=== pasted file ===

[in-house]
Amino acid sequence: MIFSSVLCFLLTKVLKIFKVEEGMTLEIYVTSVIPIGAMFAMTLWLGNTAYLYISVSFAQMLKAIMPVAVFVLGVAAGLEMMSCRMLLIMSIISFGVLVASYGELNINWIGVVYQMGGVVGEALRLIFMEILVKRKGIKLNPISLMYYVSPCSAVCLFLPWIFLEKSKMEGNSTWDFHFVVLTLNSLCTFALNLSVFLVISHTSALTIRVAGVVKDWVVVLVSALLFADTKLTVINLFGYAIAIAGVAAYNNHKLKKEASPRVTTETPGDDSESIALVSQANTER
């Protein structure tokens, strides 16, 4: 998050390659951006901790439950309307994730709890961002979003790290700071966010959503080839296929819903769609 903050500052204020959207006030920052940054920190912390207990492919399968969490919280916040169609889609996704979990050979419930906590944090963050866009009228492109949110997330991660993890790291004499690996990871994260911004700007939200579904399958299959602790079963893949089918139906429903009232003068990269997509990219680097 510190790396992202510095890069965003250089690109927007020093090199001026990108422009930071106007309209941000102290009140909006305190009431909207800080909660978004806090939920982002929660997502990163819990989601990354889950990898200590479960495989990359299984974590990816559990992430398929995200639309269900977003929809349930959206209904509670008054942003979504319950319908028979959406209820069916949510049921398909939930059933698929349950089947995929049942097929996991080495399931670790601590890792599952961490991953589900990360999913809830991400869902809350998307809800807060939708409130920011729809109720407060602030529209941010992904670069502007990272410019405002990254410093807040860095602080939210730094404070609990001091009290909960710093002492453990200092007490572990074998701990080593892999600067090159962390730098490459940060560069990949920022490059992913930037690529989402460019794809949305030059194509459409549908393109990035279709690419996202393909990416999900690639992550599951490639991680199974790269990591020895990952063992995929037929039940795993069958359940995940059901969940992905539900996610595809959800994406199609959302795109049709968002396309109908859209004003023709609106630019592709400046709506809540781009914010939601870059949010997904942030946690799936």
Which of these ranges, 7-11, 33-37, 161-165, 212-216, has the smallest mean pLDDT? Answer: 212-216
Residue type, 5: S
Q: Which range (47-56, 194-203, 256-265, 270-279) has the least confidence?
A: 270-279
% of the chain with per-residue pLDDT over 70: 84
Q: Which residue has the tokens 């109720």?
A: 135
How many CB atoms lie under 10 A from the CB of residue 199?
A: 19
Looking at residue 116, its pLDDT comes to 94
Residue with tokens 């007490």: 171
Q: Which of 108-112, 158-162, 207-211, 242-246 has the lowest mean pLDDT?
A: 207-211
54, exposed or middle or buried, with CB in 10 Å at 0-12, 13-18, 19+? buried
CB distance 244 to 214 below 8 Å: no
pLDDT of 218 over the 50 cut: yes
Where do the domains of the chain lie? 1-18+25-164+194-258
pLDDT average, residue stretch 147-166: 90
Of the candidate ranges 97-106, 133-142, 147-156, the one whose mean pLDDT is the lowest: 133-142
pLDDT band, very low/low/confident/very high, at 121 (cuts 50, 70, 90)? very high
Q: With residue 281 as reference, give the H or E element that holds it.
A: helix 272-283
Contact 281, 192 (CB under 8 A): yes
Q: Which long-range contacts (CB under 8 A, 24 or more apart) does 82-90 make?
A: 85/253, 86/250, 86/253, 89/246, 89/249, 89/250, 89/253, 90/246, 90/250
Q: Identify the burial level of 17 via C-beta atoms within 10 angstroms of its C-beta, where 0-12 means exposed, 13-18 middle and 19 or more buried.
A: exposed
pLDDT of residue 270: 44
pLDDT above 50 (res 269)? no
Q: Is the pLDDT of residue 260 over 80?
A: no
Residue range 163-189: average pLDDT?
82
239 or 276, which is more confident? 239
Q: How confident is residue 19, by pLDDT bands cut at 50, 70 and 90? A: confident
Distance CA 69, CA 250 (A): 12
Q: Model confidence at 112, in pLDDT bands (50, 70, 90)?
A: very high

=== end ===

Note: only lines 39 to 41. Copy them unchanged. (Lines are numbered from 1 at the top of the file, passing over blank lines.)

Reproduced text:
Distance CA 69, CA 250 (A): 12
Q: Model confidence at 112, in pLDDT bands (50, 70, 90)?
A: very high